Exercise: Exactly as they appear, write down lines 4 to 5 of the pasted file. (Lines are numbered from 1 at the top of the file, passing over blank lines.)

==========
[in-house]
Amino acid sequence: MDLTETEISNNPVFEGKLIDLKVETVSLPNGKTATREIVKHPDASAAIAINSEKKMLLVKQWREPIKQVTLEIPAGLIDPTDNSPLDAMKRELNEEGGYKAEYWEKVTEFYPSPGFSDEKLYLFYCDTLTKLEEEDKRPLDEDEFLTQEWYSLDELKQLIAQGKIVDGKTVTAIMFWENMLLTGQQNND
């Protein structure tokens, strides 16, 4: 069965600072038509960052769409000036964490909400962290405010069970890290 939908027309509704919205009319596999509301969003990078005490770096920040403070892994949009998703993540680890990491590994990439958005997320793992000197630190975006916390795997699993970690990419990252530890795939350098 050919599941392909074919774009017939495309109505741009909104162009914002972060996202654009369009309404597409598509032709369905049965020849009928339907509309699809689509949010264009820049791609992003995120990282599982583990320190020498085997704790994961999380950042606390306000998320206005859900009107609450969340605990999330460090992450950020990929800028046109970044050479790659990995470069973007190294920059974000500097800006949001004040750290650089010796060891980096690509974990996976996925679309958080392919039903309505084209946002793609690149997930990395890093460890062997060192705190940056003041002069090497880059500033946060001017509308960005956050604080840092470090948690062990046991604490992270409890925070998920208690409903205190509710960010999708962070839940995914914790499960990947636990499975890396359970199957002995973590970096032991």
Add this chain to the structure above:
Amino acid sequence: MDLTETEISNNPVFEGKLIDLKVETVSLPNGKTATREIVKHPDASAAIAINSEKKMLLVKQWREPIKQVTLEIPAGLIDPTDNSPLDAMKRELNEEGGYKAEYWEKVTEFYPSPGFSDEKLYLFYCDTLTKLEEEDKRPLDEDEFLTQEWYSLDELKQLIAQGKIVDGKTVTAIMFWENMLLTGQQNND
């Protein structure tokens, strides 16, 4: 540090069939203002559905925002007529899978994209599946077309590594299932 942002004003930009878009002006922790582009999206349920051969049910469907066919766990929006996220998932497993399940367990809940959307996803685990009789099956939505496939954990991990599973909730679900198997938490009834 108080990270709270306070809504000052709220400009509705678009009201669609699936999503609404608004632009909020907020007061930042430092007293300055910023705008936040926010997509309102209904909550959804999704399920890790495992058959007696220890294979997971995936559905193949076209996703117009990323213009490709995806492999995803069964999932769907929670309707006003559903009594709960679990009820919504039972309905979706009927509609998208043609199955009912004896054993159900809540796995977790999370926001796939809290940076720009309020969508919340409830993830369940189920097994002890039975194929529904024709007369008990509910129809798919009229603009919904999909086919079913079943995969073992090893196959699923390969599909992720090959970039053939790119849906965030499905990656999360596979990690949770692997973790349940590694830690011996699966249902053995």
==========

Add this chain to the structure above:
Amino acid sequence: MDLTETEISNNPVFEGKLIDLKVETVSLPNGKTATREIVKHPDASAAIAINSEKKMLLVKQWREPIKQVTLEIPAGLIDPTDNSPLDAMKRELNEEGGYKAEYWEKVTEFYPSPGFSDEKLYLFYCDTLTKLEEEDKRPLDEDEFLTQEWYSLDELKQLIAQGKIVDGKTVTAIMFWENMLLTGQQNND